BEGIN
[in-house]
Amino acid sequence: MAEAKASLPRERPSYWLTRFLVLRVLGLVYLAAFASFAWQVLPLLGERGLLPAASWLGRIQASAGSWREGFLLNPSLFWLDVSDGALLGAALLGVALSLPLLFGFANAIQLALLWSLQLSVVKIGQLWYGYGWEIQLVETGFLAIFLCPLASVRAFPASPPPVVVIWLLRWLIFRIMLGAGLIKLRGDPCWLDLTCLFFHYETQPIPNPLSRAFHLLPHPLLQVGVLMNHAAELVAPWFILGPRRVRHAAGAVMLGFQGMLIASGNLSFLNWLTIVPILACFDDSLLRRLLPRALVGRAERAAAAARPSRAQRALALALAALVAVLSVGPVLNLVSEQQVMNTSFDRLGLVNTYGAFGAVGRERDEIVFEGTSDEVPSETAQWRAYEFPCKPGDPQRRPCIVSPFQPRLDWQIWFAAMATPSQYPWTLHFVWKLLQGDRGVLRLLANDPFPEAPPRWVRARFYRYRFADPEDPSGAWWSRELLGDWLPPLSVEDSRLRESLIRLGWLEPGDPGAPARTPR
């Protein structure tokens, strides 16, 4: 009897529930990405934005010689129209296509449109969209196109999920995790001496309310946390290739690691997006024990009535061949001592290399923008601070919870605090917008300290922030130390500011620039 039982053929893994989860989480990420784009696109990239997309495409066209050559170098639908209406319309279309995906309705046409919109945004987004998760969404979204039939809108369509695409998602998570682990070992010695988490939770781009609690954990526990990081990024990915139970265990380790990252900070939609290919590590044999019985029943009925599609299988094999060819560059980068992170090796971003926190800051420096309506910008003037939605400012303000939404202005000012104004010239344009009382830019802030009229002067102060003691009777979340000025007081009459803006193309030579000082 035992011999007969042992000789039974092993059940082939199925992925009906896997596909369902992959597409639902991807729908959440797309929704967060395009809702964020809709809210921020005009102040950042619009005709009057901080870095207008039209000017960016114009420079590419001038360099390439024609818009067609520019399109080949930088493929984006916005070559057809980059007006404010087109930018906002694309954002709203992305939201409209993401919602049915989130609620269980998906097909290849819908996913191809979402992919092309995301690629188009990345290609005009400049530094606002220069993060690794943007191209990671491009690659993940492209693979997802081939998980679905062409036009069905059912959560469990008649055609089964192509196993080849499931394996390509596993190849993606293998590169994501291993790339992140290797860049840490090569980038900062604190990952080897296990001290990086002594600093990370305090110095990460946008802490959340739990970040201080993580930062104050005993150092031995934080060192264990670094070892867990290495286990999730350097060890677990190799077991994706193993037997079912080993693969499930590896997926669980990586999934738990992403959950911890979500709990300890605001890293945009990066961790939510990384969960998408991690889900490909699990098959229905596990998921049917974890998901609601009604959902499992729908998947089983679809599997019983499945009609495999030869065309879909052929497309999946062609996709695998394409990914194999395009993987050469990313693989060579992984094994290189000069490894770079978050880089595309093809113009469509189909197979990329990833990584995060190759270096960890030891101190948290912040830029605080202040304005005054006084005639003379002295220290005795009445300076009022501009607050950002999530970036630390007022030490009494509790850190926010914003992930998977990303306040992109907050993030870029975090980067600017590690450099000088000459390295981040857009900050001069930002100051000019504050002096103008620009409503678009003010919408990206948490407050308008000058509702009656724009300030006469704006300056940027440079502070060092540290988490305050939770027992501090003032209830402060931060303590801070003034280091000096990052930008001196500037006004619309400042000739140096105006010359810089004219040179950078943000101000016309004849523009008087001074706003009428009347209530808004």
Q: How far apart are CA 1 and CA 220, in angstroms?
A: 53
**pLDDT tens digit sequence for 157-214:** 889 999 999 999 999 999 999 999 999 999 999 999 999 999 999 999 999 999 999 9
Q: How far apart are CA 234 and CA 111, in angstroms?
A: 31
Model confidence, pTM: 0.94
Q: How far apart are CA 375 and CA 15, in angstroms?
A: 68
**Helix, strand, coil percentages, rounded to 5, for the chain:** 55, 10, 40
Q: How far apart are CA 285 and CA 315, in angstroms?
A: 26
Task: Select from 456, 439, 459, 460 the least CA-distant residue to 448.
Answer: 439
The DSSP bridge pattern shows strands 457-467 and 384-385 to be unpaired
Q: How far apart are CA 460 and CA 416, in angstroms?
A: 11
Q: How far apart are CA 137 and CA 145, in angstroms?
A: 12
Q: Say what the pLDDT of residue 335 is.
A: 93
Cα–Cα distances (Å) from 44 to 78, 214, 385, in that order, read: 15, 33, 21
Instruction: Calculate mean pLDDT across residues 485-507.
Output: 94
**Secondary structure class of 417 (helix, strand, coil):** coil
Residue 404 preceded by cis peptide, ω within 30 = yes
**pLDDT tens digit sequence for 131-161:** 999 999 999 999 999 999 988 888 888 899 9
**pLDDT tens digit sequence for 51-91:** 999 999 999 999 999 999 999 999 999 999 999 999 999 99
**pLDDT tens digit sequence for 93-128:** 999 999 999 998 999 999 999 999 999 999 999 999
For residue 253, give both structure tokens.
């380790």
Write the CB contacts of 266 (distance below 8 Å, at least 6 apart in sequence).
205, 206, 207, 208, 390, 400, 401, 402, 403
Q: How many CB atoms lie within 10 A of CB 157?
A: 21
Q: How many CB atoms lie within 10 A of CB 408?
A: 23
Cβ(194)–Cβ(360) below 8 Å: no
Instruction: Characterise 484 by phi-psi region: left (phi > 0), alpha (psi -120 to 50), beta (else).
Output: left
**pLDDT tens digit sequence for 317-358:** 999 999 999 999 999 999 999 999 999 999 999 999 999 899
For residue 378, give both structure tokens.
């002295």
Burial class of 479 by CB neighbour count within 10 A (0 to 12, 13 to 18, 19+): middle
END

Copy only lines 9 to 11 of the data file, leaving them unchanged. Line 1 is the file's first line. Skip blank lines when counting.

Model confidence, pTM: 0.94
Q: How far apart are CA 375 and CA 15, in angstroms?
A: 68